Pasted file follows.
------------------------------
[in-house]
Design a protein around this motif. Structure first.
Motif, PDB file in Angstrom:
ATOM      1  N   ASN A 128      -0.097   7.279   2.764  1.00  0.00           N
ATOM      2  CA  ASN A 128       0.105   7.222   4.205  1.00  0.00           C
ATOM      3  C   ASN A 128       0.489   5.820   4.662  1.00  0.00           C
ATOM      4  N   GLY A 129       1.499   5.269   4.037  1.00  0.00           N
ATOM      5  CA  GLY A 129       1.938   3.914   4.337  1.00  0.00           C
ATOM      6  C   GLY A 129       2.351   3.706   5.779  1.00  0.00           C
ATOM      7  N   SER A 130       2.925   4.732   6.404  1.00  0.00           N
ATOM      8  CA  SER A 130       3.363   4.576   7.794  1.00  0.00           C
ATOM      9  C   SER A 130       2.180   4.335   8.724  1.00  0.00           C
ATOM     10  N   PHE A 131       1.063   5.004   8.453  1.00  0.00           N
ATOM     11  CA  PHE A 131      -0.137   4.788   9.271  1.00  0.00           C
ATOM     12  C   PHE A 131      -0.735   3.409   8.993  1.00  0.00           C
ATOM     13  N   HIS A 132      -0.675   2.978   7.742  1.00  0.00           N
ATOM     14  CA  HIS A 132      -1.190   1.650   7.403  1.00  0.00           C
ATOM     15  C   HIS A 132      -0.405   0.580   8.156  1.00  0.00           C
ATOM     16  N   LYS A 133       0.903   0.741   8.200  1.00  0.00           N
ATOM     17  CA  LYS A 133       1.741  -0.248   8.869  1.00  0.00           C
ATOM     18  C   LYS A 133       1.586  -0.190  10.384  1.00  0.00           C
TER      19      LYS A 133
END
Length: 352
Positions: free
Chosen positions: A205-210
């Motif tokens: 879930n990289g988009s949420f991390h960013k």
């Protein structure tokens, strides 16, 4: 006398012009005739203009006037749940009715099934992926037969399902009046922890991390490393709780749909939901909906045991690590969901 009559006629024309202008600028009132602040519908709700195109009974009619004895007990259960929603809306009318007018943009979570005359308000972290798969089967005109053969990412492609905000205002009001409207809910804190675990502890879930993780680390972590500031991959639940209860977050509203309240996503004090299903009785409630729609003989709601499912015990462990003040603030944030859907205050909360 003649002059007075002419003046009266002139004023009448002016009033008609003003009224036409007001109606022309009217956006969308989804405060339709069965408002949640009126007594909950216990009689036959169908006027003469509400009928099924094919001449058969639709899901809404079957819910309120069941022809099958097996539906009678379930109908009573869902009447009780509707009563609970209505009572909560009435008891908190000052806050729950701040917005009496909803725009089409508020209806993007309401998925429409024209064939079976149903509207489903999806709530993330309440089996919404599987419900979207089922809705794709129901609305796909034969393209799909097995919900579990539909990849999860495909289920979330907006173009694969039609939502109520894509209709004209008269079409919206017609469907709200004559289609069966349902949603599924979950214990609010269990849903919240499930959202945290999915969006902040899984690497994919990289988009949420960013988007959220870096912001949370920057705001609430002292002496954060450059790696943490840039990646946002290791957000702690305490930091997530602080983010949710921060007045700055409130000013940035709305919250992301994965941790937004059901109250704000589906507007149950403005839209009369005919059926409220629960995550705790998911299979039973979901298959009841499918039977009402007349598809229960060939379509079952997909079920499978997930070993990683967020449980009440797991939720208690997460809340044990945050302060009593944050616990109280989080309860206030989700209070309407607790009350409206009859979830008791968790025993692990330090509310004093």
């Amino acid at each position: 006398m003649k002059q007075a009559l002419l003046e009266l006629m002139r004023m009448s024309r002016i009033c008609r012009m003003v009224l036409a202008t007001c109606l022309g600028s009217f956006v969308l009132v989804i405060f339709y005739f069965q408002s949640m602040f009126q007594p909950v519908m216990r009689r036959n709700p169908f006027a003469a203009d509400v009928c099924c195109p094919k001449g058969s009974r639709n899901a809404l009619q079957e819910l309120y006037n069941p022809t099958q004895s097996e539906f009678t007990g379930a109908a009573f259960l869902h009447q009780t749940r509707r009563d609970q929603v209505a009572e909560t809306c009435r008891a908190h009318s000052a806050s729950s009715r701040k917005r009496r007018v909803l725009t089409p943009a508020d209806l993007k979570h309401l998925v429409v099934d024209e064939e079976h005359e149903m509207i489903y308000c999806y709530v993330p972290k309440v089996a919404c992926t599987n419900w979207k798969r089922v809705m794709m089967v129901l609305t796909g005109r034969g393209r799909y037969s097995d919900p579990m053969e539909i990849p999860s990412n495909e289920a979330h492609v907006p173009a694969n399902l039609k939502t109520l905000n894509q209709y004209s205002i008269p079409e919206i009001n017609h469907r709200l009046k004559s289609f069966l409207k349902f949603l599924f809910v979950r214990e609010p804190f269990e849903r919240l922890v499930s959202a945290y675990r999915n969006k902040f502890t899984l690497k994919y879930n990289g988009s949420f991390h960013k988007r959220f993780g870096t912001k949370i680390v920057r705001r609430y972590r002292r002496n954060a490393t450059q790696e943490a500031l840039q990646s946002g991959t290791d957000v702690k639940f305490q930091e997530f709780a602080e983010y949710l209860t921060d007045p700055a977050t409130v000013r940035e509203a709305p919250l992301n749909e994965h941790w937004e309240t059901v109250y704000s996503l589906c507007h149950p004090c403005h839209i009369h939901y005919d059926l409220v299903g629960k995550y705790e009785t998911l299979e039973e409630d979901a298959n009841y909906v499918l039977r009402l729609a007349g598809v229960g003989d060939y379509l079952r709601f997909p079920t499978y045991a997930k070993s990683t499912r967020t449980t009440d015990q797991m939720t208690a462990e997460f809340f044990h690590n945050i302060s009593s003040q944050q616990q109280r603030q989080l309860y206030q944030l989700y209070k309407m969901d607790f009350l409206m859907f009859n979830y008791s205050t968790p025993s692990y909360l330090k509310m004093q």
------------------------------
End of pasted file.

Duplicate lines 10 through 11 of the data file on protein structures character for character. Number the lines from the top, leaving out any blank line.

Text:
ATOM      7  N   SER A 130       2.925   4.732   6.404  1.00  0.00           N
ATOM      8  CA  SER A 130       3.363   4.576   7.794  1.00  0.00           C